Lottie indicates with a gesture that they should continue to search for information in the exhibit space. They check a few items and then Lottie discovers a photo album. She opens it and we hear a voice-over by Old Sisler. There is a sequence of images of Sisler from different times during the war until he went home.
VO: Look at me there, still just a kid – it was 1918, and the war was still dragging on. I’d made Lieutenant and thought it might be time to give the Air Force a try. I’d spent enough time getting hammered in the trenches by enemy planes, thought I’d have a go at hammering back. And by then, I’d seen my share of the trenches.
I can remember that morning at Vimy, thousands of us under the grey sky, the bitter west wind starting to blow snow. Every fella counting the minutes, nervous, cold. What a battle. We hit the Germans so hard that they were pouring out of their dugouts to surrender. And after Vimy, it was on to Hill 70, and then the bad news, we were heading for Passchendaele. No one was too keen on that, but I came out of it all right.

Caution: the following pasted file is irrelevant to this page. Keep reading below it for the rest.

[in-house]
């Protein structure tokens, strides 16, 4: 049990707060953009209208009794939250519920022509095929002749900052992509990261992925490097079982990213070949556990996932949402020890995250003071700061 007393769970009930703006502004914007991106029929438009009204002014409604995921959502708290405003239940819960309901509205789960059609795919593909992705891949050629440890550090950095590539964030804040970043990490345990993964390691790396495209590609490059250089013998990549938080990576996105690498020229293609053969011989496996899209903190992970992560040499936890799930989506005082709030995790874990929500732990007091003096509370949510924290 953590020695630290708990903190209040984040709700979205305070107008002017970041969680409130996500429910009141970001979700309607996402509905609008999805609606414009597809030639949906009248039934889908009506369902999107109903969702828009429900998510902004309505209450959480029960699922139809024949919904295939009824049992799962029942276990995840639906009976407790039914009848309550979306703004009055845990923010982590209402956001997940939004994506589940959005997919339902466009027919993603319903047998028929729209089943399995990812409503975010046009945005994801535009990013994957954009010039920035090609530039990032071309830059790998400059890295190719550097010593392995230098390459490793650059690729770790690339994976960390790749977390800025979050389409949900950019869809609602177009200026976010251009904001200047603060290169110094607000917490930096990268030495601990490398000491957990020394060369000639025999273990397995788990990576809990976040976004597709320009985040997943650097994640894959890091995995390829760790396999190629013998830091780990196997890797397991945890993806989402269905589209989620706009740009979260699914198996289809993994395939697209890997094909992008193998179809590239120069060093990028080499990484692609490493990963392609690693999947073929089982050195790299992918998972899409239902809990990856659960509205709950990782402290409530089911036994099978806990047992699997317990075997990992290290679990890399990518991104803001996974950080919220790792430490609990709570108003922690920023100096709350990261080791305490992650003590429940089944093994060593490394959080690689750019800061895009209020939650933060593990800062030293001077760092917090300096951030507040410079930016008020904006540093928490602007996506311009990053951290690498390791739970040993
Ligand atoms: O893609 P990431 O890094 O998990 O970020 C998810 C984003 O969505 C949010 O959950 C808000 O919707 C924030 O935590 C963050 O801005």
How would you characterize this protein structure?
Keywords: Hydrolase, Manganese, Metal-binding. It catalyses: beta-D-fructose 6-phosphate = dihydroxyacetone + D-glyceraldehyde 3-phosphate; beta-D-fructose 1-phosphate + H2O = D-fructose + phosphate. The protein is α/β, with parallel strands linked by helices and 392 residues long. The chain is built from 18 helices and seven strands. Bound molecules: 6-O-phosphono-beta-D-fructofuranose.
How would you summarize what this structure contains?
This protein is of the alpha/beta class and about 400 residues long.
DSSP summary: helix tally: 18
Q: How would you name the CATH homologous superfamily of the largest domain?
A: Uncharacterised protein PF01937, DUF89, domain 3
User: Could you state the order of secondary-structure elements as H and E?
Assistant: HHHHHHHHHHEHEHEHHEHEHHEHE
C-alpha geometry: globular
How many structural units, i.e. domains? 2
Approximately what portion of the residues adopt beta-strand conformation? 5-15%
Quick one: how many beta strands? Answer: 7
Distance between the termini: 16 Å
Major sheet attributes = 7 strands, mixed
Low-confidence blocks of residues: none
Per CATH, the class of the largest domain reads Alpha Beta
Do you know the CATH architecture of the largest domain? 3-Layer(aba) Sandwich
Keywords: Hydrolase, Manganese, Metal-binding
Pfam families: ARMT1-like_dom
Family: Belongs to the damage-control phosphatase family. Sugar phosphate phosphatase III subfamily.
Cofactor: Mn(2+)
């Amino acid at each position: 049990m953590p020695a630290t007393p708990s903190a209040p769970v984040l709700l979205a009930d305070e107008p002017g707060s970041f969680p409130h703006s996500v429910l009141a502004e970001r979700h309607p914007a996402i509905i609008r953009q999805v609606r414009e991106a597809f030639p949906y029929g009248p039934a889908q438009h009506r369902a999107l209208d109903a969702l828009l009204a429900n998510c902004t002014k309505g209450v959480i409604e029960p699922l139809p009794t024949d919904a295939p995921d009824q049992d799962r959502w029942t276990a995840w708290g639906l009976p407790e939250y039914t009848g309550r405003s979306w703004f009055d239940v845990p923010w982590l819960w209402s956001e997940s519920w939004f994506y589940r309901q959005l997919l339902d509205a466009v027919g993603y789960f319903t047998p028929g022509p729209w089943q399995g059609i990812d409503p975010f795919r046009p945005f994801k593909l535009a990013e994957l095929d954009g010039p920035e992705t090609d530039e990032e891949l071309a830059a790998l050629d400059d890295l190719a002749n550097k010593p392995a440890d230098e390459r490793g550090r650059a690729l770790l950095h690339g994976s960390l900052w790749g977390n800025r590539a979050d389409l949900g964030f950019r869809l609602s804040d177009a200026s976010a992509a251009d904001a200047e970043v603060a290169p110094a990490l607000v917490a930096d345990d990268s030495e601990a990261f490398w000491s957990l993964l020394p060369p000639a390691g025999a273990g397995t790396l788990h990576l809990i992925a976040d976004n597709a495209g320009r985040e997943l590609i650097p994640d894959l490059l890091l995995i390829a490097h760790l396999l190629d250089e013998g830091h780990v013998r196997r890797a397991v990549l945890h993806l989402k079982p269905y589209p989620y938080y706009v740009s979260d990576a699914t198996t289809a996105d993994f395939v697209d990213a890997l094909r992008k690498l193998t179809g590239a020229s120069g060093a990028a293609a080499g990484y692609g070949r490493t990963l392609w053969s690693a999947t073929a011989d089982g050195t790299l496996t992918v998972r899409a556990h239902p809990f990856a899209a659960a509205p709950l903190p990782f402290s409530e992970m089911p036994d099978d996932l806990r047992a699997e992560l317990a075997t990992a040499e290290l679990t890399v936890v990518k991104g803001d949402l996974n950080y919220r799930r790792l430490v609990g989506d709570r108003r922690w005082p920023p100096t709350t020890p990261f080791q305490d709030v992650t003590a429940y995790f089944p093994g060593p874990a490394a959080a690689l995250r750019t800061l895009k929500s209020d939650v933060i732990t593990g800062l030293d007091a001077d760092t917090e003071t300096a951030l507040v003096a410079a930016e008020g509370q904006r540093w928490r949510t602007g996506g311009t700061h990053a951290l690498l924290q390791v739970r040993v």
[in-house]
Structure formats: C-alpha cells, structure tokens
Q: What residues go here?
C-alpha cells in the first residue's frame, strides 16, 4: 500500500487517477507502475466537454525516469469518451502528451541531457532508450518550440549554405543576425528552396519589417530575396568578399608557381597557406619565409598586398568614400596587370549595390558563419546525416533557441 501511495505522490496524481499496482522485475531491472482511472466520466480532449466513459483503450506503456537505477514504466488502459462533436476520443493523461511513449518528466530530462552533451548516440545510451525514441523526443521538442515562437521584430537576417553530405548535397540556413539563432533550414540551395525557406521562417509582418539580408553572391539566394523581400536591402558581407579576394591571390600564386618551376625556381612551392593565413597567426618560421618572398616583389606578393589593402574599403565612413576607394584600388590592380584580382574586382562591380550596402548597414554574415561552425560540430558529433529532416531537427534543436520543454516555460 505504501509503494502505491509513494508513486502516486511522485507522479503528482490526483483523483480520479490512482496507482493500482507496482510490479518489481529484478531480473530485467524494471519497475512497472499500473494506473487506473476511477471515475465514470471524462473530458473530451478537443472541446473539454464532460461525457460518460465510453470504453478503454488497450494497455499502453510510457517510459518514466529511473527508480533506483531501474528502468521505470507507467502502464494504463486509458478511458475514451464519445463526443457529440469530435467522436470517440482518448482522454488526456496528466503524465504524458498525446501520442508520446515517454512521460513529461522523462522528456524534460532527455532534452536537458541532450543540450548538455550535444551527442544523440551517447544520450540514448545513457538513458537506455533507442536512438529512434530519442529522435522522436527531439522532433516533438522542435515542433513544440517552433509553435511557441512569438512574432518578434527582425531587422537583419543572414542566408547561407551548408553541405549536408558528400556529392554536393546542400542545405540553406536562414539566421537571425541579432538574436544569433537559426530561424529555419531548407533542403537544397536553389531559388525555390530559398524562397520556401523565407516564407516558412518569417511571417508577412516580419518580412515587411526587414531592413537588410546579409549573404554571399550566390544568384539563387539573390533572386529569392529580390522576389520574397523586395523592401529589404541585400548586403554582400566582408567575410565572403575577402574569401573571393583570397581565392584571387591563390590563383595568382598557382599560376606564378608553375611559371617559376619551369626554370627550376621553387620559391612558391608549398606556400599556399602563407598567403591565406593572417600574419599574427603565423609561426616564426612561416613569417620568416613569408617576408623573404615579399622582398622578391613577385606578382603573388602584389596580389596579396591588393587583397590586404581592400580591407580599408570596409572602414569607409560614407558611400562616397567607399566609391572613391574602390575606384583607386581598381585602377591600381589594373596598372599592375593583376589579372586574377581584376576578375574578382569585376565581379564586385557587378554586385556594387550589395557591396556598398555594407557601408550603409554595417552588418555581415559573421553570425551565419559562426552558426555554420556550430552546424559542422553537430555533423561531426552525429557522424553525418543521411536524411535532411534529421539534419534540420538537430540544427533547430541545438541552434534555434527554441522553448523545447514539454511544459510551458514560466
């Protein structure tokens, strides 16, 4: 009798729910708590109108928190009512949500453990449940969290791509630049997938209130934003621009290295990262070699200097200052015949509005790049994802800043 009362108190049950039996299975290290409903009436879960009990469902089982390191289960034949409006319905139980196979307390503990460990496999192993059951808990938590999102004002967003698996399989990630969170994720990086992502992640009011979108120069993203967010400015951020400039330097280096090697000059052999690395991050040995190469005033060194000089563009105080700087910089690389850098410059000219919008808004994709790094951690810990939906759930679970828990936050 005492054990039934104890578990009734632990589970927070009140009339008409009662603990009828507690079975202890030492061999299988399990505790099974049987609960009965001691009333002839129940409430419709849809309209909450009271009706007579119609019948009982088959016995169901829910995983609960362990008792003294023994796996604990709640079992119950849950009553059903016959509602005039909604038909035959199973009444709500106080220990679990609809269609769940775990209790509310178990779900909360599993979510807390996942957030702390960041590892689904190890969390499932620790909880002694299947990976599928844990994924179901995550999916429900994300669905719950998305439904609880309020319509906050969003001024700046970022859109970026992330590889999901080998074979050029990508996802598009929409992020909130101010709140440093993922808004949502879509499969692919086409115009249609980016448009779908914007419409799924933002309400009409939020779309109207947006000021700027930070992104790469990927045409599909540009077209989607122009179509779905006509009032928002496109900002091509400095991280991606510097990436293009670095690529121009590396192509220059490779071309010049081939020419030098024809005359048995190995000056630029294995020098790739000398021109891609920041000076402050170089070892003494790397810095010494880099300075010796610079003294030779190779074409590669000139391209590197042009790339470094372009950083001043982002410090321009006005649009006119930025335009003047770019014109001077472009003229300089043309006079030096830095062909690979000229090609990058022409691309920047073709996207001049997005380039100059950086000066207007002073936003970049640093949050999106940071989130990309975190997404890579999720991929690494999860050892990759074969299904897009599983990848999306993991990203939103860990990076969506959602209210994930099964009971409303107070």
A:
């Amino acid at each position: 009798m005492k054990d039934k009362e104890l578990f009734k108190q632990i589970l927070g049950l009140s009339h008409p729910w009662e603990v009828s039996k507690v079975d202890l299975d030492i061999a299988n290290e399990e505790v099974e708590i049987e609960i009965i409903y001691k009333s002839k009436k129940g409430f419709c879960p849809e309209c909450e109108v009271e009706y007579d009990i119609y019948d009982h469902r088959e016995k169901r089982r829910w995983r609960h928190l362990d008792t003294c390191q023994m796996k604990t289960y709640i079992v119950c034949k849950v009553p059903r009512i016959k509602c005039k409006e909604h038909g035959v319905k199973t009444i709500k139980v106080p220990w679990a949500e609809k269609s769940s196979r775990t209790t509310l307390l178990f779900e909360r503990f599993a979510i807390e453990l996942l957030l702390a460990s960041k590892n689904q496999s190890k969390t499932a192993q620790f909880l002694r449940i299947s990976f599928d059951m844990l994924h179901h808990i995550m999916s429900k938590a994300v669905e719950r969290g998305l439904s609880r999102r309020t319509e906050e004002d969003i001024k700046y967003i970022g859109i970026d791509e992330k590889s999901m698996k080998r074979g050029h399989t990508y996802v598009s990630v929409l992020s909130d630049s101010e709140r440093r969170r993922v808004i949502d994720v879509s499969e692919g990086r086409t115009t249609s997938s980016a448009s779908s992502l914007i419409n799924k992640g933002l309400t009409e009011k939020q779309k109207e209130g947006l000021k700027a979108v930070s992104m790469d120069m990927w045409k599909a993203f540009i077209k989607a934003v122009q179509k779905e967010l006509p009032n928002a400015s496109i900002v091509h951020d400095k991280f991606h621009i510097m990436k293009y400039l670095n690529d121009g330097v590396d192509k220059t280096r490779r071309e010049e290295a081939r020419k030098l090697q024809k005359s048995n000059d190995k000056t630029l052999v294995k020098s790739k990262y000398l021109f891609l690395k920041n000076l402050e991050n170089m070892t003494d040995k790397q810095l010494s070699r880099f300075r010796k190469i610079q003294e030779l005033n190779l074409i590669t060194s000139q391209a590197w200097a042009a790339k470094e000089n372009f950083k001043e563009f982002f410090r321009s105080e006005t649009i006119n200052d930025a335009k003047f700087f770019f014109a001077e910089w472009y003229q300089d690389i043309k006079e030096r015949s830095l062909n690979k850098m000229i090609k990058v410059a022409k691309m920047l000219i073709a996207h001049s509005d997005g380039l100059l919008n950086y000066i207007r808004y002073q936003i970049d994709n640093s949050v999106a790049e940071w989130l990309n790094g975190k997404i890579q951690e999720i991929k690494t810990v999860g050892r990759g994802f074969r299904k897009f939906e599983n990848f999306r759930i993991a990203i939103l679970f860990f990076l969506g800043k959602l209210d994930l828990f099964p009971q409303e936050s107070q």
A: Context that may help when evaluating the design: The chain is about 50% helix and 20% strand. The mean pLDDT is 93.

I went over to the air force soon after and did training at Camp Bexhill. Then the war ended. I finally got home late in the spring of 1919. Lots of guys were fed up waiting so long, but me, I was just thankful, thankful to get home, and to see Mildred there waiting for me.
When the sequence ends, Lottie is holding a small photo of Mildred. Joe and Lottie head towards the door and as Lottie passes the mannequin, she puts the picture of Mildred into the pocket of Sisler’s uniform.
He turns out the light. They leave the room, and in the dark, the mannequin is briefly animated and salutes.